Winston-Salem Journal

A Former Student at Central Davidson High and His Parents Are Suing the Davidson County School Over His Three-Day Suspension

May 12, 2024

(Winston-Salem Journal)—16-year-old former student at Central Davidson High School in Lexington and his parents are suing Davidson County school officials for suspending him for three days in April.

School officials took action for what they described as the student making a racially insensitive remark in a classroom, according to the lawsuit.

Attorneys for the former student and Leah and Chad McGhee, his parents, filed the lawsuit Tuesday in U.S. District Court for the Middle District of North Carolina.

The lawsuit followed Monday night’s meeting of the Davidson County School District Board of Education in which many county residents supported the student and criticized the school board for violating the student’s constitutional rights.

The lawsuit identifies the student as “C.M., a minor,” as a required by federal law regarding civil lawsuits, said Dean McGee, an educational freedom attorney at the Liberty Justice Center.

That organization identified the student as Christian McGhee in its news release about the lawsuit.

According to the lawsuit, the defendants are the Davidson County Board of Education and Eric Anderson, an assistant principal at Central Davidson High School, who suspended the student for three days.

Tabitha Broadway, a spokeswoman for the Davidson County Schools, didn’t respond to a Journal reporter’s email and phone call seeking comment on the lawsuit.

“We are not going to comment on pending litigation,” said Bradley Hunt of Lexington, the Davidson County school board attorney.

The N.C. Association of Educators also declined to comment on the lawsuit, a spokesman said.

The lawsuit described a series of events that led to the legal action.

On April 9, the student sought clarification about the word “aliens” for a vocabulary lesson in his English class. The student asked his teacher, Haley Hill, whether a reference to “aliens” during a class discussion referred to “space aliens or illegal aliens who need green cards.”

Hill responded to the student’s question, saying, “Watch your mouth.”

A Hispanic male student then joked that he was going to kick the student’s ass, the lawsuit said. The student’s English class then proceeded as normal.

Anderson later punished the student for his question with three days of out of school suspension, describing the student’s question as racially insensitive and a racially motivated comment, which disrupted the class, the lawsuit said.

When the student returned to school, he received threats and harassment because of his suspension and the event in Hill’s class, the lawsuit said. On April 29, the student’s parents, Leah and Chad McGhee, withdrew their son from the school and enrolled him in a homeschool program.

The student’s question wasn’t racially motivated or targeted at anyone, including his teacher, the Hispanic student or any of the student’s classmates, the lawsuit said.

The student didn’t intend that “his question would cause substantial disruption to class, nor did he intend to substantially disrupt the school’s educational process or missing by asking Hill a question about an in-class reference to the word, ‘aliens,’” the lawsuit said.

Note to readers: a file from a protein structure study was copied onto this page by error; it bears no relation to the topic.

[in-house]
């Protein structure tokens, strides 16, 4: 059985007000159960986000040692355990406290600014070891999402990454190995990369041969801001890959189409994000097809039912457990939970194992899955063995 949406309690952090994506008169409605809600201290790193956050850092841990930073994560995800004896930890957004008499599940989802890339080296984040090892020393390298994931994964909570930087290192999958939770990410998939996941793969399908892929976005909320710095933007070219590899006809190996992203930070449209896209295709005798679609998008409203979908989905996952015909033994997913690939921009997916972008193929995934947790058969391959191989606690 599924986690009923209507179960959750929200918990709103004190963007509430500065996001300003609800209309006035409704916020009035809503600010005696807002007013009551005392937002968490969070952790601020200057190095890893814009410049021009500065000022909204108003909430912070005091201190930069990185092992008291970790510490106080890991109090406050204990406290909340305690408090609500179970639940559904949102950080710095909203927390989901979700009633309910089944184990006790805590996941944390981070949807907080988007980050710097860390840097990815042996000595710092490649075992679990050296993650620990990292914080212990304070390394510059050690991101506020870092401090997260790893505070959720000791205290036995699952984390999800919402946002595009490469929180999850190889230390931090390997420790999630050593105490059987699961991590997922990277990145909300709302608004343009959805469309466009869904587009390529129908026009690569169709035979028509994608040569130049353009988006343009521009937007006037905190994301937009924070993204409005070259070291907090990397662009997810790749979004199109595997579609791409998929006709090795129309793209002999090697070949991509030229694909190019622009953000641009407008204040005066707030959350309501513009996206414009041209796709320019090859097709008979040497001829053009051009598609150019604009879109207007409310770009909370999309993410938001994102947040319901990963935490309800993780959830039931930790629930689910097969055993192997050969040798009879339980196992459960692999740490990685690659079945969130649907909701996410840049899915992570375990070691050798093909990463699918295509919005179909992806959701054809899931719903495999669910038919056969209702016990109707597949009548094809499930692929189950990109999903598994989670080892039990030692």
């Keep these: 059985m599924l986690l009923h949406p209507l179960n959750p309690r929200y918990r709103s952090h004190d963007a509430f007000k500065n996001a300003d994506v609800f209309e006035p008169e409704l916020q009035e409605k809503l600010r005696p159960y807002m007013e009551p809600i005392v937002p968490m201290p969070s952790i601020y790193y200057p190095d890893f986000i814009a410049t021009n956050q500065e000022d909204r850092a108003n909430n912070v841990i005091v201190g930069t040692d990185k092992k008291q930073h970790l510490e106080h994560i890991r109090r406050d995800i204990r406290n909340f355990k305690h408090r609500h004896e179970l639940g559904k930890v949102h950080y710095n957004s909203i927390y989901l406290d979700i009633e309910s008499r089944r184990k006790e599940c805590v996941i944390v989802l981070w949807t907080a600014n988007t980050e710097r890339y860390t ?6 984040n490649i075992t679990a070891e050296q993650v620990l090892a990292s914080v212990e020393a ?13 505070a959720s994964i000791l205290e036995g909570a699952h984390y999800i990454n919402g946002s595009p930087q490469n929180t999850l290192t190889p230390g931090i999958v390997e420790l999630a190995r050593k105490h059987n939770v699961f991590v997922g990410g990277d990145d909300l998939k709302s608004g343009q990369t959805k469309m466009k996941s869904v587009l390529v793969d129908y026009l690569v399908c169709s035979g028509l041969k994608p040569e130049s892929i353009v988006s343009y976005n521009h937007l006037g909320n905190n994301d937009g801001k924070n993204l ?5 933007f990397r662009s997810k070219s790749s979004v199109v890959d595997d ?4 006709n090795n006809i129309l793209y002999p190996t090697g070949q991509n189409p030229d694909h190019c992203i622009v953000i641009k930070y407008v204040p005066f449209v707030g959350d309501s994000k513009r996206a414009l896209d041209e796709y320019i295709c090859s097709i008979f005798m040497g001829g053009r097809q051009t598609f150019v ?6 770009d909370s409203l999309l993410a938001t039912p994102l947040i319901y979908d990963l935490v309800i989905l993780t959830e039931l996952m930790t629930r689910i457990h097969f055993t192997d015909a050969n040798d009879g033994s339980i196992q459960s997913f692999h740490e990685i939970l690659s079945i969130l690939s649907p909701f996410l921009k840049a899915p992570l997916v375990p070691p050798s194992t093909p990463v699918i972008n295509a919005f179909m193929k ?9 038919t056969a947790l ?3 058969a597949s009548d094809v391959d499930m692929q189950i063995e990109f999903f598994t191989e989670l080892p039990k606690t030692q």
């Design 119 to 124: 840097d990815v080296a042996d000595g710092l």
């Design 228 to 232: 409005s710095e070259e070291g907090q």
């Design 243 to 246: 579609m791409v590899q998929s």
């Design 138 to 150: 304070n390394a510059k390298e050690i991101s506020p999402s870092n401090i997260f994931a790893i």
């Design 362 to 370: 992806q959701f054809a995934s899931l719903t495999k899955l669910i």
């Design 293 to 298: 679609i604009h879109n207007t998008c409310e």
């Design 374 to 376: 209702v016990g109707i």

The Liberty Justice Center’s Dean McGee, who is no relation to the plaintiffs, said that his clients have a solid case.

“This is a strong case on free speech grounds and due process grounds,” McGee said Tuesday. “There is no appeal from this suspension despite the obvious impact it can have on his future.”

In a statement, Leah McGhee defended her son.

“I have raised our son to reject racism in all its forms, but it is the school, not Christian, that injected race into this incident,” Leah McGhee said. “It appears that this administration would rather destroy its own reputation and reputation of my son rather than admit they made a mistake.”

The Davidson County School District Board of Education supported Anderson’s decision to suspend Christian McGhee, the lawsuit said.

Davidson County school officials violated Christian McGee’s First and 14th amendment rights with their actions against him, the lawsuit said.

The McGhees want a federal court to order the school board to reverse Christian McGhee’s school suspension, remove the suspension from his record, remove the unexcused absences from his record because of the suspension, remove all references from his record that he used racially motivated language in class and issue a public apology to him, the lawsuit said.

The plaintiffs also want the court to award them monetary damages against the school board and Eric Anderson, the assistant principal at Central Davidson High School, the lawsuit said.

J. Wilson Parker, a law professor at the Wake Forest University School of Law, said that rulings in three cases decided by the U.S. Supreme Court “have been extremely deferential to school claims of needing to maintain discipline” while recognizing students’ constitutional rights.

“If the meaning of ‘alien’ was clear, and the student asked the question just to get a laugh from his classmates, and then the question almost provoked a fight, the school is on fairly strong ground in asserting its need to maintain discipline in the classroom,” Parker said.

“However, if the context was not clear, the topic had never been discussed in class, and the student asked the question in good faith, then the student who wanted to fight should have been disciplined,” Parker said. “The First Amendment protects speakers against a ‘heckler’s veto.’”